Étienne-Jules Marey lived and worked in this house of Paris (14 Rue de l'Ancienne Comédie) since 1864. Thanks to the success of his first invention, the sphygmograph, he earned "enough royalties to furnish the kind of laboratory he needed, installed first in the rue Cuvier and then, in 1864, at 14 rue de l'Ancienne Comédie, in a house that had once belonged to Molière. Marey had the fifth floor, a large sunlit attic that had originally served as a theater for Molière and more recently had been the studio of the painter Horace Vernet. Marey subdivided it into chambers and compartments of various sizes; the photographer Nadar, who visited it in 1864, likened it to a beehive at whose center Marey worked, surrounded by a 'beautiful, irreproachable order…among machines and scientific instruments of every kind, classics or ones thought up yesterday - new tools for a new science. In addition to Marey's office, his living quarters, and his mother's apartment, the attic held a lecture room and a series of small drumlike rooms under the eaves - the "cells of the hive" for the young scientists (…). One room was devoted exclusively to creating, developing, and experimenting with new machines and scientific instruments, and another was given over to the subjects his machines would study"1, i.e. every kind of animals!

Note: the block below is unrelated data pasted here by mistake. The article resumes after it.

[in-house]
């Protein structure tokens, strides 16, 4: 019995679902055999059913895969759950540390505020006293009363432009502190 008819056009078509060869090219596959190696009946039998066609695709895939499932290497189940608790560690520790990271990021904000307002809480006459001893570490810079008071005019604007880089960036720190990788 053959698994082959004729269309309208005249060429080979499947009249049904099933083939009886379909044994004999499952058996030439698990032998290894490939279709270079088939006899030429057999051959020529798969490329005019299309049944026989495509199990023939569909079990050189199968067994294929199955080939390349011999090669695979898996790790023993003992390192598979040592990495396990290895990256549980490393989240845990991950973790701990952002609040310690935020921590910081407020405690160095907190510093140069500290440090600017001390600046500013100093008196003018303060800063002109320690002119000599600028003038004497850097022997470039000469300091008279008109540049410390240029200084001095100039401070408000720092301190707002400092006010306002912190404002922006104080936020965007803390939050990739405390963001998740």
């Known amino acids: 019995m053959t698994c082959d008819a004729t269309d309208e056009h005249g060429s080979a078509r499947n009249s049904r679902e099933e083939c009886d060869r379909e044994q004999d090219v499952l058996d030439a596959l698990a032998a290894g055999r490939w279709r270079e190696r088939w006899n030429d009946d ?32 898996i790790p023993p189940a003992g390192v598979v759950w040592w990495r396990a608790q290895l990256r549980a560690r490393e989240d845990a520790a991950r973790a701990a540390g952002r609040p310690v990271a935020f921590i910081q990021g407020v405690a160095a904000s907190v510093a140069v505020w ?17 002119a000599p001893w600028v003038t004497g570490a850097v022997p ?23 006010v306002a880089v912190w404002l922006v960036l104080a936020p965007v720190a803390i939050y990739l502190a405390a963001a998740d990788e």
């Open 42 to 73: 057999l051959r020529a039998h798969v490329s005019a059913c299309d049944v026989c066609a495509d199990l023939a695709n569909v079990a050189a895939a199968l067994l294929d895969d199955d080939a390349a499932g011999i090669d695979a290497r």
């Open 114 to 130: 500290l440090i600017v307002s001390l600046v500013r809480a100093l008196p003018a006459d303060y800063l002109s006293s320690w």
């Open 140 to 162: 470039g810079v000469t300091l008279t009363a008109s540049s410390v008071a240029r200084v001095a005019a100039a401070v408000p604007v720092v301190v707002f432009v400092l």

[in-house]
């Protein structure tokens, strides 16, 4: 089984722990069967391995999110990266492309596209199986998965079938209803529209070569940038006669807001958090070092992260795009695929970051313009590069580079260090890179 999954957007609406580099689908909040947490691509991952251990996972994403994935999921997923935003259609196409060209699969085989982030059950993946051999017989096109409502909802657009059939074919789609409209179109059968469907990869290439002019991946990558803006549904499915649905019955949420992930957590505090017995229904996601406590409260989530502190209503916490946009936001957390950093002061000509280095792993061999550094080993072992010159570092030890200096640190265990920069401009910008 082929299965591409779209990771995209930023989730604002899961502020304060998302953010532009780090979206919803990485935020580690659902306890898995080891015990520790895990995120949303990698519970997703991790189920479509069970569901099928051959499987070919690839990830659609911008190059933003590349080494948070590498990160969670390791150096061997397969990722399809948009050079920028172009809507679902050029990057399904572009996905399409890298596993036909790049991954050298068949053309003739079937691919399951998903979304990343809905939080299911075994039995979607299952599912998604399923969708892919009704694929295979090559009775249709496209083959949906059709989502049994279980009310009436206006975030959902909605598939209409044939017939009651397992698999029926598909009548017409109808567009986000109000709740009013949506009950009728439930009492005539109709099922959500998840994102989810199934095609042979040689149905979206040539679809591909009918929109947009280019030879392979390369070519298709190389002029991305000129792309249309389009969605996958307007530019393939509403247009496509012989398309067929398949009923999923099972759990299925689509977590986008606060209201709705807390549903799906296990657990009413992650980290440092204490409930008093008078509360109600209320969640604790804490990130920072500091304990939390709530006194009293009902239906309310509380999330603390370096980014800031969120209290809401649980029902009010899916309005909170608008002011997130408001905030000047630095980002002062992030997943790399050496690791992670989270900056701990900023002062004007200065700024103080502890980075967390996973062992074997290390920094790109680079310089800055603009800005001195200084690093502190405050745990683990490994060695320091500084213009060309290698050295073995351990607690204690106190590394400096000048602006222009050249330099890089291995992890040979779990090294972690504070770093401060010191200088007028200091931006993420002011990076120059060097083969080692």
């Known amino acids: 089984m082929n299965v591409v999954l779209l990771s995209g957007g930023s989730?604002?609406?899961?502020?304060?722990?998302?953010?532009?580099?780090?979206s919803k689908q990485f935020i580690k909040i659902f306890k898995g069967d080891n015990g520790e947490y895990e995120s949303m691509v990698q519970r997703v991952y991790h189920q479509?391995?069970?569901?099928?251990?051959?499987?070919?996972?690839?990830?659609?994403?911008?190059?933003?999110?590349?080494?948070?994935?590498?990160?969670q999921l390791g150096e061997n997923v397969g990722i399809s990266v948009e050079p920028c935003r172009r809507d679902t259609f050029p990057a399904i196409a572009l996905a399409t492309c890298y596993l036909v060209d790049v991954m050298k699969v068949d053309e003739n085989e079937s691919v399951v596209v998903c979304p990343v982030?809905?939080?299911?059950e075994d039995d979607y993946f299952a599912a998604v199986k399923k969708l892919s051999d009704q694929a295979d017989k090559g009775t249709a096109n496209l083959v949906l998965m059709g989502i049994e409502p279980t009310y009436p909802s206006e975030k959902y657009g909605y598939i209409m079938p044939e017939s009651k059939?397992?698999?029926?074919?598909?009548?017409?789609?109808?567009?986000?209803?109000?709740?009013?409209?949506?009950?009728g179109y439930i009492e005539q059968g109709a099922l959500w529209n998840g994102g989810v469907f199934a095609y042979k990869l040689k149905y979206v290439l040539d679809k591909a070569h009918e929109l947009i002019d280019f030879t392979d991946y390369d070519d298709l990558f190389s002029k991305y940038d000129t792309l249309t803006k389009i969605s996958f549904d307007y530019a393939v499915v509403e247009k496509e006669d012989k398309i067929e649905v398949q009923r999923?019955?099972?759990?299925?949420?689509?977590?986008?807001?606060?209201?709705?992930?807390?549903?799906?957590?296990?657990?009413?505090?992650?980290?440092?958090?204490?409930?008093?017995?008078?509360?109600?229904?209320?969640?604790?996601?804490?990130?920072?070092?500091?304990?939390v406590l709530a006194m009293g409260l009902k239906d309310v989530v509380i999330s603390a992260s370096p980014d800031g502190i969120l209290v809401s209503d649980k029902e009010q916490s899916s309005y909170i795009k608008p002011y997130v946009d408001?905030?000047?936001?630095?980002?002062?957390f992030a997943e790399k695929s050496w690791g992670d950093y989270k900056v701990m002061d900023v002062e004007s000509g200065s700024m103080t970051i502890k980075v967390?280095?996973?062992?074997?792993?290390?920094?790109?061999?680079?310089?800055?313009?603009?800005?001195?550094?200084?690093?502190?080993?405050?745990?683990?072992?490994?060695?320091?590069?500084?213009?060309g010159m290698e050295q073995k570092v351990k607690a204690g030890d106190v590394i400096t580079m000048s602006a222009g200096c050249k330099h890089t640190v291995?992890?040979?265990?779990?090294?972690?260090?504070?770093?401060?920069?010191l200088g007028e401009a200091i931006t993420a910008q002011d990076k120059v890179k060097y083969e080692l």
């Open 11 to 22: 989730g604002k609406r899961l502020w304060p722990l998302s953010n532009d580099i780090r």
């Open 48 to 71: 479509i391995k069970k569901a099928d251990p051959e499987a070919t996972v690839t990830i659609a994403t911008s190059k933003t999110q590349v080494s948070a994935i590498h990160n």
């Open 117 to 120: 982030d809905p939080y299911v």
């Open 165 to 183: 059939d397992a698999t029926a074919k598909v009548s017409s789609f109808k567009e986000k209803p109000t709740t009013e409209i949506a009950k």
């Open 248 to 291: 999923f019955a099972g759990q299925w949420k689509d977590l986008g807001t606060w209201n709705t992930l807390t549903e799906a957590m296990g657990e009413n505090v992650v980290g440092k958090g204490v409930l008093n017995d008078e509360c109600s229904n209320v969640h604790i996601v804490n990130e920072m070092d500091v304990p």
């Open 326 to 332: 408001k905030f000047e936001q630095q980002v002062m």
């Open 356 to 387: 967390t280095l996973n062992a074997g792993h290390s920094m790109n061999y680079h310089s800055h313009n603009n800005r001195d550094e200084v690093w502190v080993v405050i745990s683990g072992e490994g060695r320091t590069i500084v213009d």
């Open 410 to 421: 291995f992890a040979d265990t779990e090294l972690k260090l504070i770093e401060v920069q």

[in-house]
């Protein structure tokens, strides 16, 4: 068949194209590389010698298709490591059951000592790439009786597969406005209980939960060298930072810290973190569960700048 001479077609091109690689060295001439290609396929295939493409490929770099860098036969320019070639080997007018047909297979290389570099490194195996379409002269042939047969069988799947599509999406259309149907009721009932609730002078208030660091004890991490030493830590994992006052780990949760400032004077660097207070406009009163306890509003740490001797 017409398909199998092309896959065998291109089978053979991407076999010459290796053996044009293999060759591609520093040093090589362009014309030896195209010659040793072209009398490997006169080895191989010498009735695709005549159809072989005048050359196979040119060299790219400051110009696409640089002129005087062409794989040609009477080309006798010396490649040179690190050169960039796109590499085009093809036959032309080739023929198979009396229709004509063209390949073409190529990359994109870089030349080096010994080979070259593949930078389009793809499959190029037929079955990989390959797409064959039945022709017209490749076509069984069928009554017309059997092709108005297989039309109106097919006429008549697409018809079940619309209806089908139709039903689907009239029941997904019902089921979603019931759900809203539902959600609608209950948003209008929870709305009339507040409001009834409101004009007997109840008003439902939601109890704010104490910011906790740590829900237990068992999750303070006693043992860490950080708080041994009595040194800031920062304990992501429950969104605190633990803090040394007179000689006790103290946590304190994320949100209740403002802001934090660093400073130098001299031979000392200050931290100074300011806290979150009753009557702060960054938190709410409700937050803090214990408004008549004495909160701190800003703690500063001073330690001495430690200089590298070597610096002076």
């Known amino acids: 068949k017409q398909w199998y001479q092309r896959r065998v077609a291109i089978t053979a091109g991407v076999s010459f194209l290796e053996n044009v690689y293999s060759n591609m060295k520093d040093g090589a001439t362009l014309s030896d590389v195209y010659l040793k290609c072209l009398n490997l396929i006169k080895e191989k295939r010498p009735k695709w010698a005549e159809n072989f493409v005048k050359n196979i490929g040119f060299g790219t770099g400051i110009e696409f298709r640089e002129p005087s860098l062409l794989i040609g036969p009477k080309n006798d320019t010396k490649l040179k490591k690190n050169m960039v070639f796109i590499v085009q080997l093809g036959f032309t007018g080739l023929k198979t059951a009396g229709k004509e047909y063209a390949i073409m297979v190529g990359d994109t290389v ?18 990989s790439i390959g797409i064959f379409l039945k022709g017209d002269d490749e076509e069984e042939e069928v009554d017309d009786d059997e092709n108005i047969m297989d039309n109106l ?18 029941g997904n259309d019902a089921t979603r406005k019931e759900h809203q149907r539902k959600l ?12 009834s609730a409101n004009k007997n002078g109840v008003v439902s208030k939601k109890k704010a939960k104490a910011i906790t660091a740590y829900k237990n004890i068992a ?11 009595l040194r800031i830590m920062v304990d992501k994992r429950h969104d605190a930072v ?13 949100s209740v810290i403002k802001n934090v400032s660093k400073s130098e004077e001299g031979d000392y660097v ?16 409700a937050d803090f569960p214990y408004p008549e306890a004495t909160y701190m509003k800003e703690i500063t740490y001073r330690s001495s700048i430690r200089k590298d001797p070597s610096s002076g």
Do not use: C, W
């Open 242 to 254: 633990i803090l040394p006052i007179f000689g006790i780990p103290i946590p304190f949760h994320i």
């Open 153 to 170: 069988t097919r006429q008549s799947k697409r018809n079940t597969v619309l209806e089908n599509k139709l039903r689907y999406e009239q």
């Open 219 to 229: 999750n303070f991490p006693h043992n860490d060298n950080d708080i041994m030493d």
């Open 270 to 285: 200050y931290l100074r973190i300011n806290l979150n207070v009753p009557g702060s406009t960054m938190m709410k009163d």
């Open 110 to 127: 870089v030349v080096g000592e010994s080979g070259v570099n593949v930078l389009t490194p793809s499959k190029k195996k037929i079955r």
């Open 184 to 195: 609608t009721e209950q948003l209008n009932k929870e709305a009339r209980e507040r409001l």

- Photos by Luca Borghi ti.supmacinu|ihgrob.l#| (July 2014)
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